"Ocarina Boy Plays Again: Haunted Grove" shows the Ocarina boy playing it, with an old man and some wild animals gathered to listen.
"Ocarina" is changed to "Flute" in the English release for consistency with the rest of the game text.
"Venus, Queen of Faeries: Wishing Well" shows the faerie that increased Link's carrying ability, plus some ordinary faeries, at the well.
"The Dwarven Swordsmiths: Smithery" shows the smiths smithing, but they stop partway through to bow repeatedly.
"The Bug-Catching Kid: Kakariko Town" shows the boy Link borrowed the Bug-Catching Net from, and several other villagers, outside, healthy, and waving.
"The Lost Old Man: Death Mountain" shows the old man from the mountain walking along a bridge. He stops to wave.
"The Forest Thief: Lost Woods" shows an insignificant thief character in the woods, and has no apparent purpose except to lead into the final scene...
"And the Master Sword Sleeps Again... Forever!" features Link, walking, unarmed, away from the pedestal in the forest, where he has returned the Master Sword, which now sparkles in the sunlight.
The ALttP Randomizer plays around with the text, replacing some lines with one of several random selections (for instance, "Return of the King" may be changed to "Fellowship of the Ring" or "The Two Towers"), and changing others to reflect the item placement selected (for instance, when the Zora king gives a small amount of money in exchange for 500 rupees, the text will read "Life Lesson for Sale"). Also, when Enemy Shuffle settings are used, everything tends to look... very odd.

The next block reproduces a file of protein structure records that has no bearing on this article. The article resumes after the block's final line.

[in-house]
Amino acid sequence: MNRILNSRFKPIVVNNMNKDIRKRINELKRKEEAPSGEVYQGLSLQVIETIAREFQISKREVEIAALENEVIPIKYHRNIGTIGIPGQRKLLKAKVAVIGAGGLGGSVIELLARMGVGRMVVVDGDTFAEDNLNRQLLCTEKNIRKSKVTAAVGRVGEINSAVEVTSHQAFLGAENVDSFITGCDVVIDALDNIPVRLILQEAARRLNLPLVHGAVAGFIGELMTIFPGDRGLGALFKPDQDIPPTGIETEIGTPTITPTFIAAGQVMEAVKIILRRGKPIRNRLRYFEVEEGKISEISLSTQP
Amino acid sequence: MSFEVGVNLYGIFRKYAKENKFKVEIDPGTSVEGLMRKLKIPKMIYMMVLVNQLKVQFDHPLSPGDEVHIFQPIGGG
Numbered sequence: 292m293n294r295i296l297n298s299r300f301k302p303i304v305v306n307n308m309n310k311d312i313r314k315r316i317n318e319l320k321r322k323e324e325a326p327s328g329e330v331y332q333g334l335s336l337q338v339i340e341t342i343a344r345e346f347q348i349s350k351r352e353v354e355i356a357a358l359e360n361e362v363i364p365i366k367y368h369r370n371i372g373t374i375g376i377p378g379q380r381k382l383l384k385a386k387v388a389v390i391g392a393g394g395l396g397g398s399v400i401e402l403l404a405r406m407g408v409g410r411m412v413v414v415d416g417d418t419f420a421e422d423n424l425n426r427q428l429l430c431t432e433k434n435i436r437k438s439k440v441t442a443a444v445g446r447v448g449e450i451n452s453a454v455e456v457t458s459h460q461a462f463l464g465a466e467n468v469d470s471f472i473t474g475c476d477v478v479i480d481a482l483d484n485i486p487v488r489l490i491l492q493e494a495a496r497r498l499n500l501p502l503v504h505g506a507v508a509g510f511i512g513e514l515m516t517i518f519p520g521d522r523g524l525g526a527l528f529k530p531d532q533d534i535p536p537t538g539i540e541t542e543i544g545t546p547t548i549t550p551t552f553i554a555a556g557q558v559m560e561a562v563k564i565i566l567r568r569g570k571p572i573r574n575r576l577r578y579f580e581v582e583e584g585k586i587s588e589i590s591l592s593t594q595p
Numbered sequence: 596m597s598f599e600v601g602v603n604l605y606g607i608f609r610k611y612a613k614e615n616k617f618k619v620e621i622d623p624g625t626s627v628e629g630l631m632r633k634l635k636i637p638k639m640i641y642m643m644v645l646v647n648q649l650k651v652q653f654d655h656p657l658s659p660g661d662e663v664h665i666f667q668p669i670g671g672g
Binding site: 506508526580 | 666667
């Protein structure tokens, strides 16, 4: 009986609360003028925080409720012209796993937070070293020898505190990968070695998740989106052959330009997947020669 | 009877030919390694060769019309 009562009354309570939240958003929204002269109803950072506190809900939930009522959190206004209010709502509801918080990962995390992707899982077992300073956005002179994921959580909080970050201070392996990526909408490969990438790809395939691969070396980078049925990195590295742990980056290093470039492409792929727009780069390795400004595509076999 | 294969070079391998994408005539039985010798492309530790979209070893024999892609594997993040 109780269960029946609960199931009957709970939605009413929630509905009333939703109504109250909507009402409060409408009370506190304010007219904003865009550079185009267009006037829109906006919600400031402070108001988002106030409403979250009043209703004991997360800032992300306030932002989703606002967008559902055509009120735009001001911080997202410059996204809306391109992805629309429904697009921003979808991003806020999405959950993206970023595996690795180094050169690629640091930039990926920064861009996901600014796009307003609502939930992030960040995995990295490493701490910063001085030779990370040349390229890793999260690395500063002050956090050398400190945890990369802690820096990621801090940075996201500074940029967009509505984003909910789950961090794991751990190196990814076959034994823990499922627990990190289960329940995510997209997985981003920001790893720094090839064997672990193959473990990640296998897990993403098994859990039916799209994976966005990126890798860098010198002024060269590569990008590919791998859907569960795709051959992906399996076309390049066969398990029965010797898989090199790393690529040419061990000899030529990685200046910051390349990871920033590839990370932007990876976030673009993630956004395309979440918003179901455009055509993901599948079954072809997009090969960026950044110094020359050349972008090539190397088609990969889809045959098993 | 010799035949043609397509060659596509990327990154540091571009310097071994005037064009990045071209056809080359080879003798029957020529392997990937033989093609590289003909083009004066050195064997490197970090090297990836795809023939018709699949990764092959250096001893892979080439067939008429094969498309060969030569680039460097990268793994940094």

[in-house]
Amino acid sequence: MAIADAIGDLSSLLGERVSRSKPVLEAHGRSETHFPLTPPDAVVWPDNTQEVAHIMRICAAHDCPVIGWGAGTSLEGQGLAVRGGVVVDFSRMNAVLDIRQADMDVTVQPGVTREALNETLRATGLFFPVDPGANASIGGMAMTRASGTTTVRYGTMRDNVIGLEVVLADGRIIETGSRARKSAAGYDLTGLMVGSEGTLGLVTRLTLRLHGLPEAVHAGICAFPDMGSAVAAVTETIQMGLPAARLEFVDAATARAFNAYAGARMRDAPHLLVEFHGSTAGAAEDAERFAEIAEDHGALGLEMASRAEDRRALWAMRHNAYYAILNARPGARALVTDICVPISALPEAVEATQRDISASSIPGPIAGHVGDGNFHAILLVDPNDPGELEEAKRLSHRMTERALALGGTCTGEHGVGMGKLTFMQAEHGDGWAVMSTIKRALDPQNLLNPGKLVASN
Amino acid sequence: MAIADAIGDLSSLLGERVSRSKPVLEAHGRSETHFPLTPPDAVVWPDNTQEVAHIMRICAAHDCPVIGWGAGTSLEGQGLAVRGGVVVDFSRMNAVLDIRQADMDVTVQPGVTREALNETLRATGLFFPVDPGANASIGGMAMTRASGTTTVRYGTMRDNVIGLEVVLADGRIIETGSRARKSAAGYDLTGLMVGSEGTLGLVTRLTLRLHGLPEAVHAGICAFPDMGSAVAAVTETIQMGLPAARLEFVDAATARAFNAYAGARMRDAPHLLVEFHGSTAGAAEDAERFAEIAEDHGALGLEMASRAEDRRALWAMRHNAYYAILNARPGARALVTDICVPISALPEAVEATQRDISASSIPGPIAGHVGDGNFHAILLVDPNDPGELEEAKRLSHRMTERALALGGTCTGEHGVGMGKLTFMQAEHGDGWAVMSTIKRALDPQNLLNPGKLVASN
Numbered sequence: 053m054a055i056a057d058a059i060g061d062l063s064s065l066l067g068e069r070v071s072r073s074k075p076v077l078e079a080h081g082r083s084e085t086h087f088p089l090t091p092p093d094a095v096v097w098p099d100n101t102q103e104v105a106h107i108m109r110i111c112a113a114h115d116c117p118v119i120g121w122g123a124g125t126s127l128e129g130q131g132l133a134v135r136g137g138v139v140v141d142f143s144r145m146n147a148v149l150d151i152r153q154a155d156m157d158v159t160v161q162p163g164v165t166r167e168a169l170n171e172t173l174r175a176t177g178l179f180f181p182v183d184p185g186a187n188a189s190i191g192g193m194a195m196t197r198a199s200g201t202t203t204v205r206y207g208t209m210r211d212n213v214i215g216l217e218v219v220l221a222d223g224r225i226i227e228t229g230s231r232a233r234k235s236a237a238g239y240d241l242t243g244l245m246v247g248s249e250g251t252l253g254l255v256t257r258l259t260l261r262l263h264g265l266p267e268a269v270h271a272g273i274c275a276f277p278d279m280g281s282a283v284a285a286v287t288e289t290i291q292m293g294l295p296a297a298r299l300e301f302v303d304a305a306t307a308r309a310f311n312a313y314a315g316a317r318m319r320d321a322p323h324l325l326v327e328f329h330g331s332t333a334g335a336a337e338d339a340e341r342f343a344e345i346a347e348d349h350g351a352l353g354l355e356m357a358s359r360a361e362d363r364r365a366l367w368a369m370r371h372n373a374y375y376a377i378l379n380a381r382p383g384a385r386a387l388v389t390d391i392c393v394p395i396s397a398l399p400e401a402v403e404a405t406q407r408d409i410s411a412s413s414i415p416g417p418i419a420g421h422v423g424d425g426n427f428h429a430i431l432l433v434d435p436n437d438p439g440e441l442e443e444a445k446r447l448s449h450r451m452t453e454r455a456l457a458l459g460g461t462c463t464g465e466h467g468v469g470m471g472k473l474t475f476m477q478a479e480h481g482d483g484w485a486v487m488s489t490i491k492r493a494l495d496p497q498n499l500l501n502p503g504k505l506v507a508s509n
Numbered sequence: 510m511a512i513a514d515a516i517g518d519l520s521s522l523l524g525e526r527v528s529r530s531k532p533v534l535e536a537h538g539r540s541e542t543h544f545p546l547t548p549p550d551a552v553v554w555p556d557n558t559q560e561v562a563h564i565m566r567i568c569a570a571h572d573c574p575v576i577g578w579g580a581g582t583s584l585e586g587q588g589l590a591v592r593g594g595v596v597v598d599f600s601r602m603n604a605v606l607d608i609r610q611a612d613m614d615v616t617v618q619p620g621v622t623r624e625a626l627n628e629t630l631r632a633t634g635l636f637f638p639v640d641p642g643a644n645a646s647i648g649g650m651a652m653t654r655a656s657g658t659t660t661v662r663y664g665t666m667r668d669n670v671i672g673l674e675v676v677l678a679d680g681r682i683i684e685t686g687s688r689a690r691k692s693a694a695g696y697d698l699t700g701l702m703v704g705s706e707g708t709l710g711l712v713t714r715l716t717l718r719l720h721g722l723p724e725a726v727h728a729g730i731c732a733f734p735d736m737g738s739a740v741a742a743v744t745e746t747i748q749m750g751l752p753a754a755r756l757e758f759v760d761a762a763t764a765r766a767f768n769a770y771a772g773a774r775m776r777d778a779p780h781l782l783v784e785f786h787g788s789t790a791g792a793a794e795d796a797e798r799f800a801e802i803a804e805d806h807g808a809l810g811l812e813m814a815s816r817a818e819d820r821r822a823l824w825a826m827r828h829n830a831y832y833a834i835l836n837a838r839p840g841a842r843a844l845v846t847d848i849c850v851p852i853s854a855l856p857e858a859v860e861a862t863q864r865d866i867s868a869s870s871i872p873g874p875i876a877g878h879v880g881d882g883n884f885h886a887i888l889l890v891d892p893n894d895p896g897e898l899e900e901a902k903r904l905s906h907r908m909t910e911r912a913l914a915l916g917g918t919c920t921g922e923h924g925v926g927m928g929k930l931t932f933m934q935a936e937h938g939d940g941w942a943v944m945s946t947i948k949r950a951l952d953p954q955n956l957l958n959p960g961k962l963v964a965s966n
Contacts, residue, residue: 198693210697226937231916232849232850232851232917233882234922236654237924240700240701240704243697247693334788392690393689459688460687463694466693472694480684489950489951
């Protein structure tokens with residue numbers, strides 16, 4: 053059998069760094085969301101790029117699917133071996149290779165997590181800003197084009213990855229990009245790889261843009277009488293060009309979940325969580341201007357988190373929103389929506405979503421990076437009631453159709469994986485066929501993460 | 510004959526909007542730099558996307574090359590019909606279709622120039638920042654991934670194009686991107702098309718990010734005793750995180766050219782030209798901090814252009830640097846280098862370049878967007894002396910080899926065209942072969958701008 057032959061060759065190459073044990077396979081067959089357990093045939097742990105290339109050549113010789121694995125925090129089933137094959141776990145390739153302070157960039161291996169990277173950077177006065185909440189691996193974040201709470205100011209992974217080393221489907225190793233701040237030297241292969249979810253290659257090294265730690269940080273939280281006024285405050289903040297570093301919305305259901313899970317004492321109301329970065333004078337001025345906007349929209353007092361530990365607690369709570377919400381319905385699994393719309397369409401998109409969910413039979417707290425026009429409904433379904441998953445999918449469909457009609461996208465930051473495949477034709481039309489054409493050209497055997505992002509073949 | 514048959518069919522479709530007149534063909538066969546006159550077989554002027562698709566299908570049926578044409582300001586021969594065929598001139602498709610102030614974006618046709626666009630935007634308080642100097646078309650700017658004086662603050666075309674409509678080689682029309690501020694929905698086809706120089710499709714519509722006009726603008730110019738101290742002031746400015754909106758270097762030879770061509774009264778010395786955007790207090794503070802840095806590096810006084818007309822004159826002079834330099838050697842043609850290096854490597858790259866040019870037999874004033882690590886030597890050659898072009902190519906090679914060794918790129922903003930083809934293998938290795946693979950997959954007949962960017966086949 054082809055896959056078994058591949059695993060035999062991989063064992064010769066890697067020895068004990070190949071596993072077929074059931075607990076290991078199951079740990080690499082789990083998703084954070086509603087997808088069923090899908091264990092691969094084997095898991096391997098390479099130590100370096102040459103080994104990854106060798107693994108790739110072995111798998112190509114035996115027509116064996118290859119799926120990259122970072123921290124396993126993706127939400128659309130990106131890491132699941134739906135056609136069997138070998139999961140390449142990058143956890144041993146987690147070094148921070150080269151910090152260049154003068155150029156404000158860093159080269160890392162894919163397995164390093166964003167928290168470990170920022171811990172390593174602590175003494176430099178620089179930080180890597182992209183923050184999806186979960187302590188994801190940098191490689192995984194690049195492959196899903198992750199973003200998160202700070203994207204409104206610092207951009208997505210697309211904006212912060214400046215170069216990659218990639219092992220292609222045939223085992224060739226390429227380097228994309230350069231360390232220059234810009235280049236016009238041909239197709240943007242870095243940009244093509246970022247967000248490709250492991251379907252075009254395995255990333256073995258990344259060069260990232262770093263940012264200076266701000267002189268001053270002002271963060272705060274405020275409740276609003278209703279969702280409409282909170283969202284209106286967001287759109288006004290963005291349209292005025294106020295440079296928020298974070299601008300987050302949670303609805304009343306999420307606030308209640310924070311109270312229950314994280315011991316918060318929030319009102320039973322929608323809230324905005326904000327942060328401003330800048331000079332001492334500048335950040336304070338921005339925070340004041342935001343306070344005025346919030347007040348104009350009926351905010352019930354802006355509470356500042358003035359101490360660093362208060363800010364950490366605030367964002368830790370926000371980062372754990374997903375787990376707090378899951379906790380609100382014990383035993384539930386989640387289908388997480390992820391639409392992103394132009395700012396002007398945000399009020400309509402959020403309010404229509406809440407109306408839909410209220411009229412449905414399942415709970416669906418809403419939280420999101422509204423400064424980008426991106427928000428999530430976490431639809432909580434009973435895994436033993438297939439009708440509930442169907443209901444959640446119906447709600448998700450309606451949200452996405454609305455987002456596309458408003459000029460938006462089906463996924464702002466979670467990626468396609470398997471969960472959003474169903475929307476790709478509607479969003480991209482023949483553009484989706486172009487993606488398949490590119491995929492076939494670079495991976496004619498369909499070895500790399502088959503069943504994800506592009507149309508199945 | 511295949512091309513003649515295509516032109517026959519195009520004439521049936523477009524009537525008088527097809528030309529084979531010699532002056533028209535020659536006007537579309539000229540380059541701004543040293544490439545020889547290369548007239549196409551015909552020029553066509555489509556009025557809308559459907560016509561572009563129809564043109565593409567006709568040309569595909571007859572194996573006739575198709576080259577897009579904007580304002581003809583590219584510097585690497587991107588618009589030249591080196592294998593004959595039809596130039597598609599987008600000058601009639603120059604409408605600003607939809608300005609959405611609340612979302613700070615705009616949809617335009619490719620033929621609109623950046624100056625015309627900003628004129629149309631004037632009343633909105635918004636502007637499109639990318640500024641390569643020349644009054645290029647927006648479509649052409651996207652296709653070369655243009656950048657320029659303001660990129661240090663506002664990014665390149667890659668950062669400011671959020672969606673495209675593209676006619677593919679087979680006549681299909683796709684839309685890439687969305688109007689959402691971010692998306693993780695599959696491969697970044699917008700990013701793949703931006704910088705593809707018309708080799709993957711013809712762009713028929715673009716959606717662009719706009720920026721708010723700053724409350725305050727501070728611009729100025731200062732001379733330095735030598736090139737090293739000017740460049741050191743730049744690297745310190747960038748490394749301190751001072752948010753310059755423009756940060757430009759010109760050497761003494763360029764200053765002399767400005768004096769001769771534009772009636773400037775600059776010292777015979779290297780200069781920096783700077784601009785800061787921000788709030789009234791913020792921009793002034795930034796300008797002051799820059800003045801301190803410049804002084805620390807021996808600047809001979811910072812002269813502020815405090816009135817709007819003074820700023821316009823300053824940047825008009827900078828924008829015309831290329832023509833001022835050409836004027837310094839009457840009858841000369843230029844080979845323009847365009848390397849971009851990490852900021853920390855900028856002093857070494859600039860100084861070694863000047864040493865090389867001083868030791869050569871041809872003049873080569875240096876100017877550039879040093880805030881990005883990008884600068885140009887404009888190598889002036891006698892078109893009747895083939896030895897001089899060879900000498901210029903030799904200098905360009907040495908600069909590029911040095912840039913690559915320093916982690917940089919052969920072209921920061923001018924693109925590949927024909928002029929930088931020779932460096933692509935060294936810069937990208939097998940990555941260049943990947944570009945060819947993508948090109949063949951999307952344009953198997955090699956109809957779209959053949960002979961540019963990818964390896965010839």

Finally, the credits roll, with the Triforce spinning between the credits in the foreground and a mountain vista in the background. The mountain vista gradually changes from the red color scheme of the Dark World, through yellow, to the natural mix of blue sky and dark green mountains seen in the Light World. The music is a peaceful ending kind of music, which then transitions into a remix of the classic Zelda theme, which gets increasingly energetic as the ending continues.
Near the end, the game shows a list of how many times the player died and/or stopped and continued during each section of the game, listed as: Castle of Hyrule, Castle Dungeon, East Palace, Desert Palace, Mountain Tower, Level 1 Dark Palace, Level 2 Swamp Palace, Level 3 Skull Woods, Level 4 Thieves' Town, Level 5 Ice Palace, Level 6 Misery Mire, Level 7 Turtle Rock, and Level 8 Gannon's Tower, and the total as "Total Games Played".
The English release removes the excess 'n' to spell "Ganon" the usual way.
At this point, the scrolling stops, the background shows the profile of Mount Hebra before fading, the Triforce flies off the screen, the music comes to a conclusion, and "The End" appears in the corner, because it is.
The game is also saved, and the file select screen will show a little zero on that file if the total games played value was zero. This is normally more difficult than it was perhaps meant to be, because not only do you need to clear the game without dying even once, you have to do it all without resuming from a saved game (i.e., in one sitting). It's just a little something to brag about to your friends.
The ALttP Randomizer inserts credits for its contributors, then ends with some summary information on how the run went, including how long it took to find certain significant items, how many bosses were killed at each sword level, death count, how many items were collected, final inventory, and, of course, total time taken.